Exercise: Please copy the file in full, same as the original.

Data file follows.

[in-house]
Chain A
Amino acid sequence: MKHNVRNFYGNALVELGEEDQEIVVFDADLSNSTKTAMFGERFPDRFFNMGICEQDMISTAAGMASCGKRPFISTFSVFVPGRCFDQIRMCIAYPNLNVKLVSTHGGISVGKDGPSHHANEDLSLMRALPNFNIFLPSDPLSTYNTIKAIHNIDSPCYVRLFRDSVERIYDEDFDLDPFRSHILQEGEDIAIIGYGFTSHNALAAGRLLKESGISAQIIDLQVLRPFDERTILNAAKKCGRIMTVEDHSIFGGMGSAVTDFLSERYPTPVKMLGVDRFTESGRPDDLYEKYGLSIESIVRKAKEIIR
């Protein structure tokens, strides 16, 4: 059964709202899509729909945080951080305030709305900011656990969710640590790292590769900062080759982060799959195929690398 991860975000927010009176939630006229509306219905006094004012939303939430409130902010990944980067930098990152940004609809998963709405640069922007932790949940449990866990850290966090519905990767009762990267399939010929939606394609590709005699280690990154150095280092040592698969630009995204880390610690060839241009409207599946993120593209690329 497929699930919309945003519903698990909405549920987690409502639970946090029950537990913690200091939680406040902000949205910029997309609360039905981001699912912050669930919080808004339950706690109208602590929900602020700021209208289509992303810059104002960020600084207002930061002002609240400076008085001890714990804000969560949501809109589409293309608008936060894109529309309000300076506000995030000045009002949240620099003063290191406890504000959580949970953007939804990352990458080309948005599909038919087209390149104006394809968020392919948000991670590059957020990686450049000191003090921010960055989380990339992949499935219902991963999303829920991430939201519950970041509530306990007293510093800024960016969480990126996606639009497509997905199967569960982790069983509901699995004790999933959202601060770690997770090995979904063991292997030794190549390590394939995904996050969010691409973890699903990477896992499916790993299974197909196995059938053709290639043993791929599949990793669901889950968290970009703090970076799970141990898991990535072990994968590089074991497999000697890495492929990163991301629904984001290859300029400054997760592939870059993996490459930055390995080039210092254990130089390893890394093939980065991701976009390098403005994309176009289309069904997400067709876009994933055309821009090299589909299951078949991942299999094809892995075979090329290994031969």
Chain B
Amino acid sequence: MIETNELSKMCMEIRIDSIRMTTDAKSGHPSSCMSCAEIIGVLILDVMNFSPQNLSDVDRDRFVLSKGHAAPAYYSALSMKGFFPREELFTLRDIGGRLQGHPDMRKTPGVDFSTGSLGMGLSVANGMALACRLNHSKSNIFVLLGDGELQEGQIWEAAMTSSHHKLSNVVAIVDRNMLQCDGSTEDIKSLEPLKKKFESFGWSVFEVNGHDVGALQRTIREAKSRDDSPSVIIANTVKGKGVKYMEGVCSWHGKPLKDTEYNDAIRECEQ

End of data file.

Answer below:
[in-house]
Chain A
Amino acid sequence: MKHNVRNFYGNALVELGEEDQEIVVFDADLSNSTKTAMFGERFPDRFFNMGICEQDMISTAAGMASCGKRPFISTFSVFVPGRCFDQIRMCIAYPNLNVKLVSTHGGISVGKDGPSHHANEDLSLMRALPNFNIFLPSDPLSTYNTIKAIHNIDSPCYVRLFRDSVERIYDEDFDLDPFRSHILQEGEDIAIIGYGFTSHNALAAGRLLKESGISAQIIDLQVLRPFDERTILNAAKKCGRIMTVEDHSIFGGMGSAVTDFLSERYPTPVKMLGVDRFTESGRPDDLYEKYGLSIESIVRKAKEIIR
């Protein structure tokens, strides 16, 4: 059964709202899509729909945080951080305030709305900011656990969710640590790292590769900062080759982060799959195929690398 991860975000927010009176939630006229509306219905006094004012939303939430409130902010990944980067930098990152940004609809998963709405640069922007932790949940449990866990850290966090519905990767009762990267399939010929939606394609590709005699280690990154150095280092040592698969630009995204880390610690060839241009409207599946993120593209690329 497929699930919309945003519903698990909405549920987690409502639970946090029950537990913690200091939680406040902000949205910029997309609360039905981001699912912050669930919080808004339950706690109208602590929900602020700021209208289509992303810059104002960020600084207002930061002002609240400076008085001890714990804000969560949501809109589409293309608008936060894109529309309000300076506000995030000045009002949240620099003063290191406890504000959580949970953007939804990352990458080309948005599909038919087209390149104006394809968020392919948000991670590059957020990686450049000191003090921010960055989380990339992949499935219902991963999303829920991430939201519950970041509530306990007293510093800024960016969480990126996606639009497509997905199967569960982790069983509901699995004790999933959202601060770690997770090995979904063991292997030794190549390590394939995904996050969010691409973890699903990477896992499916790993299974197909196995059938053709290639043993791929599949990793669901889950968290970009703090970076799970141990898991990535072990994968590089074991497999000697890495492929990163991301629904984001290859300029400054997760592939870059993996490459930055390995080039210092254990130089390893890394093939980065991701976009390098403005994309176009289309069904997400067709876009994933055309821009090299589909299951078949991942299999094809892995075979090329290994031969």
Chain B
Amino acid sequence: MIETNELSKMCMEIRIDSIRMTTDAKSGHPSSCMSCAEIIGVLILDVMNFSPQNLSDVDRDRFVLSKGHAAPAYYSALSMKGFFPREELFTLRDIGGRLQGHPDMRKTPGVDFSTGSLGMGLSVANGMALACRLNHSKSNIFVLLGDGELQEGQIWEAAMTSSHHKLSNVVAIVDRNMLQCDGSTEDIKSLEPLKKKFESFGWSVFEVNGHDVGALQRTIREAKSRDDSPSVIIANTVKGKGVKYMEGVCSWHGKPLKDTEYNDAIRECEQ